The importance of proper insulation resistance testing and techniques are applicable after flooding, fire or lighting damage events which impact the wiring system of a building. Electro-Mechanical Recertifiers, LLC. provides technical and engineering power related reports to insurance carriers and risk managers who have experienced an event affecting buildings wiring system, power distribution gear or electronics and equipment from computers and IT components to compressors and all types of machinery.
Unless rated for use underwater, wire that has been submerged and completely soaked wire will not pass minimal insulation requirements. Water under pressure almost always permeates common dielectric materials like vinyl, plastic and rubber. Insulating materials can sometimes be dried out and after proper testing can be salvaged and brought back to original quality. When the wiring is clean, dry, and tested to confirm that any current leakage meets the requirement, then the wire may be put back into service. Experts are aware of electrical devices and conductors that can be cleaned and tested, and those that need to be replaced. Smoke or heat damaged wire may have other problems. Smoke contains soot that is corrosive and can break down the polymers and compounds in PVC, rubber and other materials used in insulating jackets. This soot can be highly corrosive and needs cleaned and tested or may be at risk of critical failure in the future. Improper cleaning and painting of outer jackets may harm the outer insulating cover and result in premature failure. Excessive heat can cause thermal damage meaning the thermal set temperatures of the jackets substrate during manufacture may have been physically or chemically altered and at certain levels the conductor may also be affected by the heat damage. Physical inspection and electrical testing are important to ensure that the thermal damage has not melted and carbonized the insulation surrounding the conductors that will eventually result in a dead short.
Machinery requiring restoration also needs a vast array of specialists on the team who perform work functions on them to ensure its proper recovery. Inside the technical area are electrical journeyman, mechanical specialists, piping experts, machinery mechanics, laser leveling and plumbing trades as well as millwrights, machinists, electronics technicians, insulators, fitters/welders riggers, crane operators and electromechanical restoration specialists involved in the recovery of various many equipment types. At various intervals our work requires different electro-mechanical qualified tradesman. Equipment requires precise laser leveling, vibration analysis, and decibel level measuring, adjustments and fine tuning as well as work area lighting reports, PLC programming, IT repair techs, process monitoring, third party motor and power testing. Both the mechanical and electronics restoration skill sets are highly needed specialty areas of technical restoration common in most equipment types. Most of today’s equipment types are electronic in their control systems (some simple and others have complex controls) such as push bottom operational, relay logic control panels and others are PLC’s used to automatically control the electronic sequence of the equipment’s various operations. Working to the OEM’s standards and factory specifications can ensure a complete restoration process and acceptable product in the end.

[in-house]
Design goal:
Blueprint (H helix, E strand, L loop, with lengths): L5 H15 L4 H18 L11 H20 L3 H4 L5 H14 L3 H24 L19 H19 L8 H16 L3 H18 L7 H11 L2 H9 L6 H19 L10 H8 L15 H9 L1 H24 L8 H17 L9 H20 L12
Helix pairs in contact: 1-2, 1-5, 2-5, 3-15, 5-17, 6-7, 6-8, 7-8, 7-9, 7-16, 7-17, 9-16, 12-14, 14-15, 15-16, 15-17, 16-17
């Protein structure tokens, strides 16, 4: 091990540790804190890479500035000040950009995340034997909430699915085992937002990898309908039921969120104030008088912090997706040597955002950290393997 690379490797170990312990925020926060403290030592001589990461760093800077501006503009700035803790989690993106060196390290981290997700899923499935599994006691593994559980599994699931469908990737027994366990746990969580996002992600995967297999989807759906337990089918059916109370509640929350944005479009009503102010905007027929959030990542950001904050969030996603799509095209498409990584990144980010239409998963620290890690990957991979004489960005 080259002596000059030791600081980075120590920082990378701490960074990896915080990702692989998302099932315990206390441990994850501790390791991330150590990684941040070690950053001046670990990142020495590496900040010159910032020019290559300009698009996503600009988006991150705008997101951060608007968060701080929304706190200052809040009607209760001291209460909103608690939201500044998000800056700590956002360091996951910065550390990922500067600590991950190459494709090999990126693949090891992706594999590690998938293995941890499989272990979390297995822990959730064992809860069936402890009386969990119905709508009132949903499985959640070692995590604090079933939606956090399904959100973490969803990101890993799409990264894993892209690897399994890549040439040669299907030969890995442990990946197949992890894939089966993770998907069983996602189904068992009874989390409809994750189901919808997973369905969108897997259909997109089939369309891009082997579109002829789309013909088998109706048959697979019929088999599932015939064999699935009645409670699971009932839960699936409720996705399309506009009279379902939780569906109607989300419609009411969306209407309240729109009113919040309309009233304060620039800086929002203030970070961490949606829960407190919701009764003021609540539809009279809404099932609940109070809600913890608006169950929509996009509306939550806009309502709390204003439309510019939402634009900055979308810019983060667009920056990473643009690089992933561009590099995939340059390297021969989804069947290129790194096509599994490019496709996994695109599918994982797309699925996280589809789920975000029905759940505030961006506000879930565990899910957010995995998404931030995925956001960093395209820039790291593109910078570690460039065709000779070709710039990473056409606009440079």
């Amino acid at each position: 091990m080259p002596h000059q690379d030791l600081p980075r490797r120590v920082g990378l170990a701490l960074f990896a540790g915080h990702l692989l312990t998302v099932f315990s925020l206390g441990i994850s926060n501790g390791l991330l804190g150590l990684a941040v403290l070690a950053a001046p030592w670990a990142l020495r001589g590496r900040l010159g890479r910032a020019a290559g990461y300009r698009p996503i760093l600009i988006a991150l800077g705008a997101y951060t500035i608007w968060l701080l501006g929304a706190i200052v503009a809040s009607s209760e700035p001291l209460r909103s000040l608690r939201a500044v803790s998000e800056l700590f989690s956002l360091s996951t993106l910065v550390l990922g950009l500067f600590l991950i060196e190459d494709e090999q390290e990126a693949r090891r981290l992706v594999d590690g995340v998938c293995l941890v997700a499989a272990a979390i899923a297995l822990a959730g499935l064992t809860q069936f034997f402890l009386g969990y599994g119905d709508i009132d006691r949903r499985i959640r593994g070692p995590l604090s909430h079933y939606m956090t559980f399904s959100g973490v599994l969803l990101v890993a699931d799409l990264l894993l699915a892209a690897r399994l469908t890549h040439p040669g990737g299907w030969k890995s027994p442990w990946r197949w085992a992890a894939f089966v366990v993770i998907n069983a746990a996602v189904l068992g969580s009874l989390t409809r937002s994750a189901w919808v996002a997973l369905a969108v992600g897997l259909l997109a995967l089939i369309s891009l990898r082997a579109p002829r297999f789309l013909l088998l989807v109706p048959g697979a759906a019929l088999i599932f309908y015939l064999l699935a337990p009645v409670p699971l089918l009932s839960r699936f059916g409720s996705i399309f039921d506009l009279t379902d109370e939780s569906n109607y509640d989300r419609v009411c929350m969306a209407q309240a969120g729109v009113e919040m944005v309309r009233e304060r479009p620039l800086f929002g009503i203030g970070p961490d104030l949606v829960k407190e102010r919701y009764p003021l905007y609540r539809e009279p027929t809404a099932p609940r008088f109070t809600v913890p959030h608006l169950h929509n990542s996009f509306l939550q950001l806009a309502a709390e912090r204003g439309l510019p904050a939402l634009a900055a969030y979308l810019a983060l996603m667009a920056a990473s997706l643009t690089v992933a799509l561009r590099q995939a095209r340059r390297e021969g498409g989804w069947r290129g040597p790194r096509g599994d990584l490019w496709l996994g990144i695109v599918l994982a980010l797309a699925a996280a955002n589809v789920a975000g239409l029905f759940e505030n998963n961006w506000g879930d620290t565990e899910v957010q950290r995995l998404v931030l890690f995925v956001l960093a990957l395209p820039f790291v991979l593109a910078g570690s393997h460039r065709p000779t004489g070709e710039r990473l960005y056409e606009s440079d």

Affected equipment should have acclimatization controls including temp. HVAC and dehumidification in place to control high ambient temperature and moisture levels if it was wet or smoked. Also the use of desiccant packs is often part of the process. Also included as an emergency preservation measures is the application of corrosion inhibitors and moisture displacement agents. The equipment left unattended and sitting in corrosive conditions will cost more to restore and repair. If pre-treated and climate controlled, these actions allow the insurance company time to review their questions and decisions without further risk of loss. The application of these services stops the degradation from further affecting the equipment. If these services are provided it is proven that final repair costs will be much less and the chance of restoration is much better. I left untreated a lot of components may need replacement meaning more time and money are added to the end process for final recovery. Equipment that stays covered in corrosive soot and high moisture needs to be mitigated fast as it a hundred times more acidic in nature than is dry soot. These conditions are perfect for flash rusting as air oxidizes quickly on the ferrous metal parts and corrosion will also form on all non-ferrous metal components such as circuit boards, contactors, relays, control panels and motor coils. Tenting or encapsulating is always an effective measure to control the environment.